Chelsea Football Club has adopted a Royal Air Force aircraft as part of the 'Adopt an Artefact' programme.
The Avro Lancaster was one of 13 aircraft available for adoption from the RAF Museum.
The programme was started in July and offers the opportunity to adopt more than 50 objects within the museum's collection.
The RAF Museum says the club's adoption of the aircraft is a sign of Chelsea owner Roman Abramovich's support of the museum's 'Hidden Heroes' project.
The Premier League football club has adopted the Lancaster in the name of the Jewish personnel who served in the RAF during the Second World War, many of who flew Lancasters with Bomber Command.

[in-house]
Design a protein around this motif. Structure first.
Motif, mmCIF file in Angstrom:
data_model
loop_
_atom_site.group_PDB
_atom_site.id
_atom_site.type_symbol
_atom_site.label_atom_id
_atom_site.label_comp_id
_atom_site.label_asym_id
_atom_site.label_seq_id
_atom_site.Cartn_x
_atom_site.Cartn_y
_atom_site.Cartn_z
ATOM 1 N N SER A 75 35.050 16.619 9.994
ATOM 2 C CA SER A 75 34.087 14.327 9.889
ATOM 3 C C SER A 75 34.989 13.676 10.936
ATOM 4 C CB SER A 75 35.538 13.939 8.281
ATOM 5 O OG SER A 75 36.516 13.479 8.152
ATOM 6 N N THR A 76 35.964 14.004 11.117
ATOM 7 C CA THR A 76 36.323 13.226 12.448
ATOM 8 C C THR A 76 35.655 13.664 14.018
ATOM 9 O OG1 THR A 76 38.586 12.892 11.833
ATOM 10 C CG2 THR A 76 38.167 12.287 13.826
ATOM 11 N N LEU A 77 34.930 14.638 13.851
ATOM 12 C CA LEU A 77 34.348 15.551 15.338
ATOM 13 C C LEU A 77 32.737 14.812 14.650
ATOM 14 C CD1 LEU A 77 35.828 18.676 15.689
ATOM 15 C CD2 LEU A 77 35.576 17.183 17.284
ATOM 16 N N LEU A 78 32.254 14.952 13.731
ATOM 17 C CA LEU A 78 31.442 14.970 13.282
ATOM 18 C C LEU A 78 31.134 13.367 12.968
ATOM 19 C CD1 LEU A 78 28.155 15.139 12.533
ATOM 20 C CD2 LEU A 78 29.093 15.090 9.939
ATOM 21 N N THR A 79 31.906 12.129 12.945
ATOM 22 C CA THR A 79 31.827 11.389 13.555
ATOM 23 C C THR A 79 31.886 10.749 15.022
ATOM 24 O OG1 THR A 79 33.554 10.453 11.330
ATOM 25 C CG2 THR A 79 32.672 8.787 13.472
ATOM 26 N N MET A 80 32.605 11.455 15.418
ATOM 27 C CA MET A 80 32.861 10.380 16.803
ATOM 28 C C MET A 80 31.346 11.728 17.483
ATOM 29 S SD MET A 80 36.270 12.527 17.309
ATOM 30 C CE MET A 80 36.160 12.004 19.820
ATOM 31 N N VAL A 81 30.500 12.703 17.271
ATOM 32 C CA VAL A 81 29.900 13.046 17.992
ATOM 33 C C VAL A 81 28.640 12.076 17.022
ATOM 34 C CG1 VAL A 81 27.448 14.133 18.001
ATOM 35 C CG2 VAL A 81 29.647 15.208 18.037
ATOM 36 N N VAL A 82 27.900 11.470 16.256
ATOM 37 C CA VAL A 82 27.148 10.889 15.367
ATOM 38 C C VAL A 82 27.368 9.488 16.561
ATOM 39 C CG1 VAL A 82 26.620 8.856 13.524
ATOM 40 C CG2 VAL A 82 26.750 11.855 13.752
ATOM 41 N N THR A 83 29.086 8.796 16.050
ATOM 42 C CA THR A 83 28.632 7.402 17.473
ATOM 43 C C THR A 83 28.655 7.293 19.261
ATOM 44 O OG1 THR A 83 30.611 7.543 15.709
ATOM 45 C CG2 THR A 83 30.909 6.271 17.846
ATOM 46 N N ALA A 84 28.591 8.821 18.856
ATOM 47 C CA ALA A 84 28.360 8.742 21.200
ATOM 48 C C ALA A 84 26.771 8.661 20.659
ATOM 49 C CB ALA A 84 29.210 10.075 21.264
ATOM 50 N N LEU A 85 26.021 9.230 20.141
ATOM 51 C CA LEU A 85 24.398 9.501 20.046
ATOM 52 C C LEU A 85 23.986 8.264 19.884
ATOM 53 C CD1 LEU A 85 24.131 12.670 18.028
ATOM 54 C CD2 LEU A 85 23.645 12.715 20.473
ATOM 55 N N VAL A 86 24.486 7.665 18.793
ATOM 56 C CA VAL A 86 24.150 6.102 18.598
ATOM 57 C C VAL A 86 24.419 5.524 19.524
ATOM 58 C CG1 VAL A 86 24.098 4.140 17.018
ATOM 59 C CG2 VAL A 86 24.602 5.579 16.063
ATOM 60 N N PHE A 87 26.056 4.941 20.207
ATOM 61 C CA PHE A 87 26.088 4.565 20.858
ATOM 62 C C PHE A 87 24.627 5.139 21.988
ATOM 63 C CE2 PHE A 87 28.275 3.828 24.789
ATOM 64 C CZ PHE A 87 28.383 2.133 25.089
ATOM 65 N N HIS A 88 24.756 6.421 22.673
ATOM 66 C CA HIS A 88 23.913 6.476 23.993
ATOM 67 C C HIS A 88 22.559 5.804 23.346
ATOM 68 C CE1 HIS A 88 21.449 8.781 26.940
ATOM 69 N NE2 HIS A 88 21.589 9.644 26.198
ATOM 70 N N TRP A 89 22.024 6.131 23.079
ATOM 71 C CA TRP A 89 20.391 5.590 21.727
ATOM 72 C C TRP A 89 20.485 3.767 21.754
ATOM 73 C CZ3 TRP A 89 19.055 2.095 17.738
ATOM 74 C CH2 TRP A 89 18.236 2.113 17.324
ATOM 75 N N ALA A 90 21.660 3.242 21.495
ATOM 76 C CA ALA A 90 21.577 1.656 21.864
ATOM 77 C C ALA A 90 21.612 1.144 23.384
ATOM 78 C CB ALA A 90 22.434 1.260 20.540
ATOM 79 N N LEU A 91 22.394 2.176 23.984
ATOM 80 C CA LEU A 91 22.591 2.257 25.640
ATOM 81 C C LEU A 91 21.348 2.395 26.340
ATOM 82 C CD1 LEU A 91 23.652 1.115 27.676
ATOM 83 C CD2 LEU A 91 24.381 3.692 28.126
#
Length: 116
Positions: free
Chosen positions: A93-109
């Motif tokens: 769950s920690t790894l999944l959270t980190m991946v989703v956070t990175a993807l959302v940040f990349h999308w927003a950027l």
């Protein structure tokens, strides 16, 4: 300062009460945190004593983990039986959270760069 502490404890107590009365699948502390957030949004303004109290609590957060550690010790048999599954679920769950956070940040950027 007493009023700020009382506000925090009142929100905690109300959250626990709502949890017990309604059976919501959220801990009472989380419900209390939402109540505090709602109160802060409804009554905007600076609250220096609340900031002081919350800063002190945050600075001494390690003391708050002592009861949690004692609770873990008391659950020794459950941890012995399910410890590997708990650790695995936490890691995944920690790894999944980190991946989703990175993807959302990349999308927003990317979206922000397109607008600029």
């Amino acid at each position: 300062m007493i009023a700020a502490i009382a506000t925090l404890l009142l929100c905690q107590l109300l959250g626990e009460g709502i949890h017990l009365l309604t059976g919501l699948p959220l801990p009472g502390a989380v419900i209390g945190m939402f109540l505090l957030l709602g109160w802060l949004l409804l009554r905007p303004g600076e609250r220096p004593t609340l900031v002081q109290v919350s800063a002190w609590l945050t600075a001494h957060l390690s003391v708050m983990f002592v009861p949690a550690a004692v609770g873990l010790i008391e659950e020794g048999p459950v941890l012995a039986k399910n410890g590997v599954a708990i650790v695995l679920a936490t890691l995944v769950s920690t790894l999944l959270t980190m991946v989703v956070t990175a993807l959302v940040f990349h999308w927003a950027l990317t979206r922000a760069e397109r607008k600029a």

Chelsea chairman Bruce Buck said the partnership is part of the club's 'Say No To Anti-Semitism' campaign.
"We have become convinced that education is absolute key to make a difference," Mr Buck said.
"We are proud to support this initiative and to support people to learn more about Jewish history in World War Two.
"There can be no place in our society for antisemitism or any form of discrimination – and we are determined to join with others to tackle this vital cause."
Maggie Appleton, CEO of the RAF Museum, said: "For the last three years of the Second World War, the Avro Lancaster was the major heavy bomber used by Bomber Command to take the war to the heartlands of Nazi Germany.
"This adoption acknowledges the great courage shown by RAF personnel who continued to fly knowing the odds against survival were high."